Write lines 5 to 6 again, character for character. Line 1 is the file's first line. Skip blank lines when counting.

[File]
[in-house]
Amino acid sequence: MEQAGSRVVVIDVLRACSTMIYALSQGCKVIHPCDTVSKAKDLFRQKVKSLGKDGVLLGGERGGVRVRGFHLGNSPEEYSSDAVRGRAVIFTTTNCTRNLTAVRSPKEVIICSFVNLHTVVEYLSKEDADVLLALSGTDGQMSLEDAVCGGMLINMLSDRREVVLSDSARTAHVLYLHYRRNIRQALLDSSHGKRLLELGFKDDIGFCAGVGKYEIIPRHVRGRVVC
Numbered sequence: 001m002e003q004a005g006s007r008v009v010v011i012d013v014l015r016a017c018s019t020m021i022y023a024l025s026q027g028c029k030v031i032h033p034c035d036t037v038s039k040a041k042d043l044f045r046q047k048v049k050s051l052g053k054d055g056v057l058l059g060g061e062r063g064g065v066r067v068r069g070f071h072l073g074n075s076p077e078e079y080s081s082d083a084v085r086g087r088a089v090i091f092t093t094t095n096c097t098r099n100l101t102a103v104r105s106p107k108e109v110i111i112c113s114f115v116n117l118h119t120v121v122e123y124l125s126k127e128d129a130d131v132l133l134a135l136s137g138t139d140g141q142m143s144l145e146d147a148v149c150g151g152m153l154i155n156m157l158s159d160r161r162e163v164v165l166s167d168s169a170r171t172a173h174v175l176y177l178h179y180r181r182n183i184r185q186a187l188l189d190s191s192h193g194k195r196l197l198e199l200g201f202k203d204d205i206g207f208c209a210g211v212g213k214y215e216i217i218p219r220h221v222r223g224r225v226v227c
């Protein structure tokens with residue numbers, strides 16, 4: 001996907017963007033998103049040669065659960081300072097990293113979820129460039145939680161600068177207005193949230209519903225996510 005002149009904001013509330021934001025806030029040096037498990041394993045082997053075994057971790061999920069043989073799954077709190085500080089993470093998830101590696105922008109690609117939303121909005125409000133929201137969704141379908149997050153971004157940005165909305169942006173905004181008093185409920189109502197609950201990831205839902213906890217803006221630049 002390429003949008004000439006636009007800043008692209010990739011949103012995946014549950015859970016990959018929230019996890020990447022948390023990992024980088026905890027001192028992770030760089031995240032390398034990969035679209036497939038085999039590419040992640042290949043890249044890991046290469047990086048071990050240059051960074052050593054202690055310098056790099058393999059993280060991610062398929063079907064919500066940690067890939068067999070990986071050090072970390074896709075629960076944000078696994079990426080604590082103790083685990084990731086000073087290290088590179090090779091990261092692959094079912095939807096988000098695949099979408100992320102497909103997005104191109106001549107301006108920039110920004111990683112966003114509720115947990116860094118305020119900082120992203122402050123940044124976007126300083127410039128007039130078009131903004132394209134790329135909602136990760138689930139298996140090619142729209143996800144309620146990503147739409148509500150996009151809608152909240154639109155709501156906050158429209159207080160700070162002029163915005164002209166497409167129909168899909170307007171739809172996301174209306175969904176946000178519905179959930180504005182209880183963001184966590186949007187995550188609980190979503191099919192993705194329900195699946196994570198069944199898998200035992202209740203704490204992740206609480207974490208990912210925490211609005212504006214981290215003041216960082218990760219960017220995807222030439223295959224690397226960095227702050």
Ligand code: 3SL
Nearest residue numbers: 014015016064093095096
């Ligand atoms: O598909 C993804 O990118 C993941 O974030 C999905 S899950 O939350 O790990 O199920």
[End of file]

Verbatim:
Ligand code: 3SL
Nearest residue numbers: 014015016064093095096